Alchemy is central to Jung's hypothesis of the collective unconscious. In this volume he begins with an outline of the process and aims of psychotherapy, and then moves on to work out the analogies between alchemy, Christian dogma and symbolism and his own understanding of the analytic process. Introducing the basic concepts of alchemy, Jung reminds us of the dual nature of alchemy, comprising both the chemical process and a parallel mystical component. He also discusses the seemingly deliberate mystification of the alchemists. Finally, in using the alchemical process as providing insights into individuation, Jung emphasises the importance of alchemy in relating to us the transcendent nature of the psyche.
The writings of C. G. Jung himself are the best place to read about all his main ideas—but where to start, when Jung's Collected Works run to more than eighteen volumes? Robert H. Hopcke's guide to Jung's voluminous writings shows exactly the best place to begin for getting a handle on each of Jung's key concepts and ideas—from archetypal symbols to analytical psychology to UFOs. Each chapter explains one of Jung's principal concerns, then directs the reader where to read about it in depth in the Collected Works. Each chapter includes a list of secondary sources to approach for further study—which the author has updated for this edition to include books published in the ten years since the Guided Tour's first appearance.
The psychological and religious implications of alchemy were Jung's major preoccupation during the last thirty years of his life. The essays composing the present volume complete the publication of his alchemial researches, to which three entire volumes have been devoted ^DDL the monumental Mysterium Coniunctionis, Psychology and Alchemy, and Aion ^DDL besides shorter papers in other volumes. This collection of shorter Alchemial Studies has special value as an introduction to Jung's work on alchemy. The first study, on Chinese alchemy, marked the beginning of his interest in the subject, and was originally published in a volume written jointly with Richard Wilhelm. The other four are now published for the first time completely in English.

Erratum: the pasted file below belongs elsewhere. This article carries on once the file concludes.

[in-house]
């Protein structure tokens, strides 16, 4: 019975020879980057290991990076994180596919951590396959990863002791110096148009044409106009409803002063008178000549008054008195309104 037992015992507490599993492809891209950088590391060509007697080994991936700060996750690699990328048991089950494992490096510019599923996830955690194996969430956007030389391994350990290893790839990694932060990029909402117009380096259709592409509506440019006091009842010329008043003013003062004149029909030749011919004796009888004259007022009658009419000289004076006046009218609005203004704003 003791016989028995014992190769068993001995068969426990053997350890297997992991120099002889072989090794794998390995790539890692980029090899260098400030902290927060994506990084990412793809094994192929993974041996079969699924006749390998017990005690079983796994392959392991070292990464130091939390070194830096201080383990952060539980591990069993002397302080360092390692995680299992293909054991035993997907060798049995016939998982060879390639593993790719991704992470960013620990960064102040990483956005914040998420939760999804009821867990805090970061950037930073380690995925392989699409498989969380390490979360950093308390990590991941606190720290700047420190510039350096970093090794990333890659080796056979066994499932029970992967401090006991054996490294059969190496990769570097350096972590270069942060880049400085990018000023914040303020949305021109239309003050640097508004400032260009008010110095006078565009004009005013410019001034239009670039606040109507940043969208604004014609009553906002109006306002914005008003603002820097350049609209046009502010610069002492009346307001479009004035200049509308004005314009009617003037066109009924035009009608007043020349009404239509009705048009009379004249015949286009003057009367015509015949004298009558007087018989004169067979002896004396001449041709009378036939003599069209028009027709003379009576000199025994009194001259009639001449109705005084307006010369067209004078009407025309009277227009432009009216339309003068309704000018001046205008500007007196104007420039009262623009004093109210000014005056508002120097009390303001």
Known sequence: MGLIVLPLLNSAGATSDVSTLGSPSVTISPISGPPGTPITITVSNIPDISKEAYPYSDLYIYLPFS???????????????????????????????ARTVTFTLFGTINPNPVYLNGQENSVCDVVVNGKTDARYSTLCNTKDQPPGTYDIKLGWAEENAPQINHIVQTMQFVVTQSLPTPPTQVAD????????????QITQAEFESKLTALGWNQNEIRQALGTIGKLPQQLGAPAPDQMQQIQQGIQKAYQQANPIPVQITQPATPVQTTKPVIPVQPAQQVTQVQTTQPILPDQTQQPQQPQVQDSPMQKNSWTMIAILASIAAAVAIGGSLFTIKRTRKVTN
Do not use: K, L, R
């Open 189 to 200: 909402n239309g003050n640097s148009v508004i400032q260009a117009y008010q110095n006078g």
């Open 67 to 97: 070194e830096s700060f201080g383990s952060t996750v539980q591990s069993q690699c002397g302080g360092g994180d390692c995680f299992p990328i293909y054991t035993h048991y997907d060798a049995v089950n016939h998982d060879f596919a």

The second volume of Analytical Psychology and German Classical Aesthetics builds on the previous volume to show how German classicism, specifically the classical aesthetics associated with Goethe and Schiller known as Weimar classicism, was a major influence on psychoanalysis and analytical psychology alike. This volume examines such significant parallels between analytical psychology and Weimar classicism as the methodological similarities between Goethe’s morphological and Jung’s archetypal approaches, which both seek to use synthesis as well as analysis in their attempt to understand the world. It also focuses on the project of the construction of the self, which, it is argued, is not only a personal but also a cultural activity. This book, like its previous volume, aims to clarify the intellectual continuity between Weimar classicism and analytical psychology. It will be of interest to both students and scholars in the fields of analytical psychology, comparative literature, and the history of ideas.
Alchemists did more than try to transmute base metals into gold: they studied planetary influences on metals and people, refined plants and minerals in the search for medicines and advocated the regeneration of matter and spirit. This book illustrates how this new branch of thought became increasingly popular as the practical and theoretical knowledge of alchemists spread throughout England.Adopted by those in court and the circles of nobility for their own physical and spiritual needs, it was adapted for the diagnosis and therapeutic treatment of the illnesses of the body politic and its head, the king. This is the first work to synthesize all aspects of alchemy and show its contribution to intellectual, social and political life in the fourteenth century. Hughes explores a rich body of manuscripts to reveal the daily routines of the alchemist and his imaginative mindscape, and considers the contribution of alchemy to the vernacular culture and political debate, leading to a reassessment of the intellectual life of the middle ages.